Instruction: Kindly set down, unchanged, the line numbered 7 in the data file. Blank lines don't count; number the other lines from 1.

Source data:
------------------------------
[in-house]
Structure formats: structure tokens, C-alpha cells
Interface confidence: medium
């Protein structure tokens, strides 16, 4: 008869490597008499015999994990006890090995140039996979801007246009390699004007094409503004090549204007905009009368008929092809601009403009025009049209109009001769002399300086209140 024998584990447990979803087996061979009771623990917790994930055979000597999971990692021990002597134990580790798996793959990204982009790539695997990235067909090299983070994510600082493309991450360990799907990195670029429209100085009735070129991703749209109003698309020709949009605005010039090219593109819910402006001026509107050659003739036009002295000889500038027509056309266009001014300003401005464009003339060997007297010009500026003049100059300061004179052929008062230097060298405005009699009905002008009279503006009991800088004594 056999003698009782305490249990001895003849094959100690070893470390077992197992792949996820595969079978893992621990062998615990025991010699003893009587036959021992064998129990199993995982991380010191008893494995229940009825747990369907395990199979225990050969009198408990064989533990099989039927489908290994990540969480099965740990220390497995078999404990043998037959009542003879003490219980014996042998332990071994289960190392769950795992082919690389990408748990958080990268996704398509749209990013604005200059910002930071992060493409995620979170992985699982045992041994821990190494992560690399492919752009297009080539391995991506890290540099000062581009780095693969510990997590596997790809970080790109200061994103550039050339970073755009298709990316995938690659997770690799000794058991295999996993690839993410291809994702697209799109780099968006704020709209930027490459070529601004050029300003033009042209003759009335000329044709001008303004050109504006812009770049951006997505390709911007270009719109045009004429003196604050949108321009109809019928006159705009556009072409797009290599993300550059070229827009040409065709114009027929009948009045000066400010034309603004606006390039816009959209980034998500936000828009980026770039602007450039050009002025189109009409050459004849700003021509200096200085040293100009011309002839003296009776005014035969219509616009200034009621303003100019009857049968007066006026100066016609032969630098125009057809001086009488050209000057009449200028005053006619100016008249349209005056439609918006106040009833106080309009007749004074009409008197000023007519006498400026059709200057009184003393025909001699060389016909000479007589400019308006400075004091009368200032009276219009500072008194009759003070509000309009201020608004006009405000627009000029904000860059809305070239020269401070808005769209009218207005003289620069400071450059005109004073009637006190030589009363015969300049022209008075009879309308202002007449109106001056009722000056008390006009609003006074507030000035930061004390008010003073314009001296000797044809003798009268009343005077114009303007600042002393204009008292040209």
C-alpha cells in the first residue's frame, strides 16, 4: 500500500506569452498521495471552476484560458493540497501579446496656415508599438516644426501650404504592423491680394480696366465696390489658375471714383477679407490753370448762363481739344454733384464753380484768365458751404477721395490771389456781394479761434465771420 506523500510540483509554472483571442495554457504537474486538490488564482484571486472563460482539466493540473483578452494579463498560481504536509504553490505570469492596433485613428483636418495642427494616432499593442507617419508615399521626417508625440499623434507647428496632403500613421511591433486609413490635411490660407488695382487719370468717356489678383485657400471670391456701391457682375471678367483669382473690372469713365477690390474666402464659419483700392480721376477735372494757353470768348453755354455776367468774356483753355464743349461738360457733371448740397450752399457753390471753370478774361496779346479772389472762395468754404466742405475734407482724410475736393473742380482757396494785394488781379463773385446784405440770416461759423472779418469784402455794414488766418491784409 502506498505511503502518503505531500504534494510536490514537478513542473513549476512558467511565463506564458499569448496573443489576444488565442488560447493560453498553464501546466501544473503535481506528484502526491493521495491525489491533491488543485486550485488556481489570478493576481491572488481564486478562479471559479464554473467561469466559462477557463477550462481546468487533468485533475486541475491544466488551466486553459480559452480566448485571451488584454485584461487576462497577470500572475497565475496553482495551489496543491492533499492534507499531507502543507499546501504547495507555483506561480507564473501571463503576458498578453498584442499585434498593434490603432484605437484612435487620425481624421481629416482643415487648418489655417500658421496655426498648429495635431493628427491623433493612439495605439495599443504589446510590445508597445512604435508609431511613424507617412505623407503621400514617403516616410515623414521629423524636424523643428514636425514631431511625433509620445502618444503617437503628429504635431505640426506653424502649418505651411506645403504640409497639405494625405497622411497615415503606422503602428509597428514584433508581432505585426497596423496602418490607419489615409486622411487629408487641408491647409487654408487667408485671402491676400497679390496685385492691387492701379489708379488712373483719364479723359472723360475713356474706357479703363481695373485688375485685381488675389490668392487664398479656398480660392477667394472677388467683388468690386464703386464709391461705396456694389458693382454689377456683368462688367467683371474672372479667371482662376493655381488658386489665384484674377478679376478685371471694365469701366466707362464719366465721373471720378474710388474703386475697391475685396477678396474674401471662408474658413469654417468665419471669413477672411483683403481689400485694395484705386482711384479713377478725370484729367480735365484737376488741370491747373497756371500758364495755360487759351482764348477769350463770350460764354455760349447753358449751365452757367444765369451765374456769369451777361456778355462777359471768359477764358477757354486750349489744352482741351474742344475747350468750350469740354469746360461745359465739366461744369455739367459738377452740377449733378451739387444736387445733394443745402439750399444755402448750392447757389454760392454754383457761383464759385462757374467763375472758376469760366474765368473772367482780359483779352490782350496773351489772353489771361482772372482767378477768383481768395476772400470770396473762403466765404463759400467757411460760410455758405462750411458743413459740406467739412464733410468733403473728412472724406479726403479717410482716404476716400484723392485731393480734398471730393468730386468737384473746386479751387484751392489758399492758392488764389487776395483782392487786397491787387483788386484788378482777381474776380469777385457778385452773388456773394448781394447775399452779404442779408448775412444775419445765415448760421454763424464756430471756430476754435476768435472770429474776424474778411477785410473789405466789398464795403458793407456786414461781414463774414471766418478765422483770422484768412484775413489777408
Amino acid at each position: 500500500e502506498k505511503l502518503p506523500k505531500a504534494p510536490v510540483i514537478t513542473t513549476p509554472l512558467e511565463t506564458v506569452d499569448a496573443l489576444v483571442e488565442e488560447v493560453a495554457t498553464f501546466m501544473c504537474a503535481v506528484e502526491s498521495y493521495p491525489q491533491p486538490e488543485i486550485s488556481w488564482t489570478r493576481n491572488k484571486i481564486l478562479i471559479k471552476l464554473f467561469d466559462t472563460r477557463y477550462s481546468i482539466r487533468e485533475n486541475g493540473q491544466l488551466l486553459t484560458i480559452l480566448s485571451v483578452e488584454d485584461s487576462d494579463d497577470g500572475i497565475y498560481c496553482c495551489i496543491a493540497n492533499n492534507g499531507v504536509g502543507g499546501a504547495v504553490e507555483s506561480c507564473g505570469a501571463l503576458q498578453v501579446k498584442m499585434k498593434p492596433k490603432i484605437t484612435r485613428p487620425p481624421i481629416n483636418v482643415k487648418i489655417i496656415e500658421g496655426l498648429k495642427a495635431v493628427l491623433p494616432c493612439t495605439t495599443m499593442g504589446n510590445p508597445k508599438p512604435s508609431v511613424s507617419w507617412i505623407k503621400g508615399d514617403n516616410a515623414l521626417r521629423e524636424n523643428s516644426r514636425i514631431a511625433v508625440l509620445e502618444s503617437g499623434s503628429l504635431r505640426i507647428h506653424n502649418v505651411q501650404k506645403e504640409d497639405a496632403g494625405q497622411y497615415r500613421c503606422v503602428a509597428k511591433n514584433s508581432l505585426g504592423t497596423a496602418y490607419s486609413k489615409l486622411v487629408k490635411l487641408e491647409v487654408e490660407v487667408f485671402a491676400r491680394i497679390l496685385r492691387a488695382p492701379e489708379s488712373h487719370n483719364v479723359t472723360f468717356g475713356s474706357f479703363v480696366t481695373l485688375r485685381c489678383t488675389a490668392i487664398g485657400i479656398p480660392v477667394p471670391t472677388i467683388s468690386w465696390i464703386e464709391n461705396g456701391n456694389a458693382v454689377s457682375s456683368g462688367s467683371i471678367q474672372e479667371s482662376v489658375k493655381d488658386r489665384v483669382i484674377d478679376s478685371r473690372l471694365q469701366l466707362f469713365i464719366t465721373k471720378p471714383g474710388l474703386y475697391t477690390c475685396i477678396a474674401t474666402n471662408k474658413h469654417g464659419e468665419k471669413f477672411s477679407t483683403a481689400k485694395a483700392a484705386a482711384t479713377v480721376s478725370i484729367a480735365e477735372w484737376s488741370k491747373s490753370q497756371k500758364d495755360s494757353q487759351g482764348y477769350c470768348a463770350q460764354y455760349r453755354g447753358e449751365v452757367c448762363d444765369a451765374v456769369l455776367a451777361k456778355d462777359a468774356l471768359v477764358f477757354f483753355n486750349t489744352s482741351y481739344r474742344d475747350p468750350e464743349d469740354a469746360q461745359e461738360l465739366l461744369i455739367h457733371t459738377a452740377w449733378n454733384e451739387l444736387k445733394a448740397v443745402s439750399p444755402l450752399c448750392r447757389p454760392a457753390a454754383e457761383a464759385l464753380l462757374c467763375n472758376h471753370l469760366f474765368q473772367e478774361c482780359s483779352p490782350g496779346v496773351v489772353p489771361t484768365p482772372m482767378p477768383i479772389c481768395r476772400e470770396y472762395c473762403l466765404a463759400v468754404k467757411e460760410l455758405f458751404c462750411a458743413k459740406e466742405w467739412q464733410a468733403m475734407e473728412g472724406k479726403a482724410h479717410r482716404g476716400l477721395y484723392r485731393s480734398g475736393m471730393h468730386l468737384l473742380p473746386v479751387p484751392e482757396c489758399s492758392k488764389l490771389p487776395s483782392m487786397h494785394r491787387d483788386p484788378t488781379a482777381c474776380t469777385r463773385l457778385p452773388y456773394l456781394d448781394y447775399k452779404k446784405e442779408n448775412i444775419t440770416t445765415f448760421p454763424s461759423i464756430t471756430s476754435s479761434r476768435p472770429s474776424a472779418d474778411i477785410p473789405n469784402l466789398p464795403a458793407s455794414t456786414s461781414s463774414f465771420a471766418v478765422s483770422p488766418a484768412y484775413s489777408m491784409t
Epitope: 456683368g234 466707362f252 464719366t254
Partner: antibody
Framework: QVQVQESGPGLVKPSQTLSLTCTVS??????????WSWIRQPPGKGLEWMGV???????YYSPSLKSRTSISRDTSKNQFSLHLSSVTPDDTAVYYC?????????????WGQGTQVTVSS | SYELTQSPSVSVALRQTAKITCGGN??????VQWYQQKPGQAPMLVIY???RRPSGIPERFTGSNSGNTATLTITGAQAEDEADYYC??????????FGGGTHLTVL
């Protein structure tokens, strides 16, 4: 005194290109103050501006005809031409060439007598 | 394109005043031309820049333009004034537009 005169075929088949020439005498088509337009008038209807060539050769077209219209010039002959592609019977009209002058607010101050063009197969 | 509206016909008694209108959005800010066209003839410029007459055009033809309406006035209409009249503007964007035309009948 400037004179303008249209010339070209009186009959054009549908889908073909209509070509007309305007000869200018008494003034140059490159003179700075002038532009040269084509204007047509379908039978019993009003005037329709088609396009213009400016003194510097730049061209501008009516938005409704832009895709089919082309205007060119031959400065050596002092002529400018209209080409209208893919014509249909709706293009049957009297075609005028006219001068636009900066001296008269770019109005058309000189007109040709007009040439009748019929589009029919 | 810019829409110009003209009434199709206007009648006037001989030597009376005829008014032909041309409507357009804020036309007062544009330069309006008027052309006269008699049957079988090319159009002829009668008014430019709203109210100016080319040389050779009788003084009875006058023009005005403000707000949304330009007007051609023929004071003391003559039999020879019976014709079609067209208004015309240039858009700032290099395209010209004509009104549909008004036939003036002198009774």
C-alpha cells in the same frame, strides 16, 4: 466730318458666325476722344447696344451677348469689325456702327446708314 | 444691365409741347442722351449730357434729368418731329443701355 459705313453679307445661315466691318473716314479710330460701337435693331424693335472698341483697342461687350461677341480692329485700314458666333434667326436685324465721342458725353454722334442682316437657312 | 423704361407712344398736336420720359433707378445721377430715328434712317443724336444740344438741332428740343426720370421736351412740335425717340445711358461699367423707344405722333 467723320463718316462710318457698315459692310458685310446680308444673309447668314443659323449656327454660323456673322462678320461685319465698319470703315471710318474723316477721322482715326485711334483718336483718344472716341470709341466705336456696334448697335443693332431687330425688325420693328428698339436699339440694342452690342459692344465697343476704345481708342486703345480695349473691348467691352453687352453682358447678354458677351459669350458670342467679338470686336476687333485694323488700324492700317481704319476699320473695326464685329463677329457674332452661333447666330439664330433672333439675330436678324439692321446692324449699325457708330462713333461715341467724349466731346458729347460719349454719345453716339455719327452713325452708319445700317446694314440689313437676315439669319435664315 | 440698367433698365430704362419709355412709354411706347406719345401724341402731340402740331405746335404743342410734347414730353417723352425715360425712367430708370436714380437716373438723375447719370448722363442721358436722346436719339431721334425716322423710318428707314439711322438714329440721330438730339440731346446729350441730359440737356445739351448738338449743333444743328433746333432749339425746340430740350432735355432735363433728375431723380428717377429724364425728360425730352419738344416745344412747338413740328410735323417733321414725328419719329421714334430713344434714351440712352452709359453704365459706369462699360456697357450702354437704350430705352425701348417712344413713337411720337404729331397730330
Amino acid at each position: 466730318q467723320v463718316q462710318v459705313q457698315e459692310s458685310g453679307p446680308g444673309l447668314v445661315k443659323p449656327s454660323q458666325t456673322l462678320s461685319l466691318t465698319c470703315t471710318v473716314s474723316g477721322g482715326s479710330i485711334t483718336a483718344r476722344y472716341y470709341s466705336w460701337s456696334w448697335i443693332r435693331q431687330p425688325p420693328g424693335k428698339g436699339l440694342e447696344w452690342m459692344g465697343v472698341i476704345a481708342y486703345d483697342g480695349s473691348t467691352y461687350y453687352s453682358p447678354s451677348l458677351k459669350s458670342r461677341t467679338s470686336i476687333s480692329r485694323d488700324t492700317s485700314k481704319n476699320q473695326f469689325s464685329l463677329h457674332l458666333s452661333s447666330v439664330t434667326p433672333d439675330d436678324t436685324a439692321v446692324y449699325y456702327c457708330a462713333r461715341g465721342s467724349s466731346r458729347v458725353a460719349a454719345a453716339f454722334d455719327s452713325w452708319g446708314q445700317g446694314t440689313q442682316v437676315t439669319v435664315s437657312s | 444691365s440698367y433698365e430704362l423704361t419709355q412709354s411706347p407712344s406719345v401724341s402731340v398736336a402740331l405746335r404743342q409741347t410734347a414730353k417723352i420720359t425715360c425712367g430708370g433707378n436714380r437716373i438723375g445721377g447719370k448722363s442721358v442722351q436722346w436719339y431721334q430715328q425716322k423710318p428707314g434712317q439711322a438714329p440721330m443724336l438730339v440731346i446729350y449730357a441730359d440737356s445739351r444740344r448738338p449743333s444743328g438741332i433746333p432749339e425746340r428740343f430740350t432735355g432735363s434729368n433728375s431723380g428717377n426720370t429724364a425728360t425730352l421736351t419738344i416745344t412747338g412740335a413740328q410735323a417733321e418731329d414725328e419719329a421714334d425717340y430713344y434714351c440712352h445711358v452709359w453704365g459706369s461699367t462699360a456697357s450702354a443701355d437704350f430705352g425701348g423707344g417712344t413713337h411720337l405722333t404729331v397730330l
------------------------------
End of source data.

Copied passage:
Epitope: 456683368g234 466707362f252 464719366t254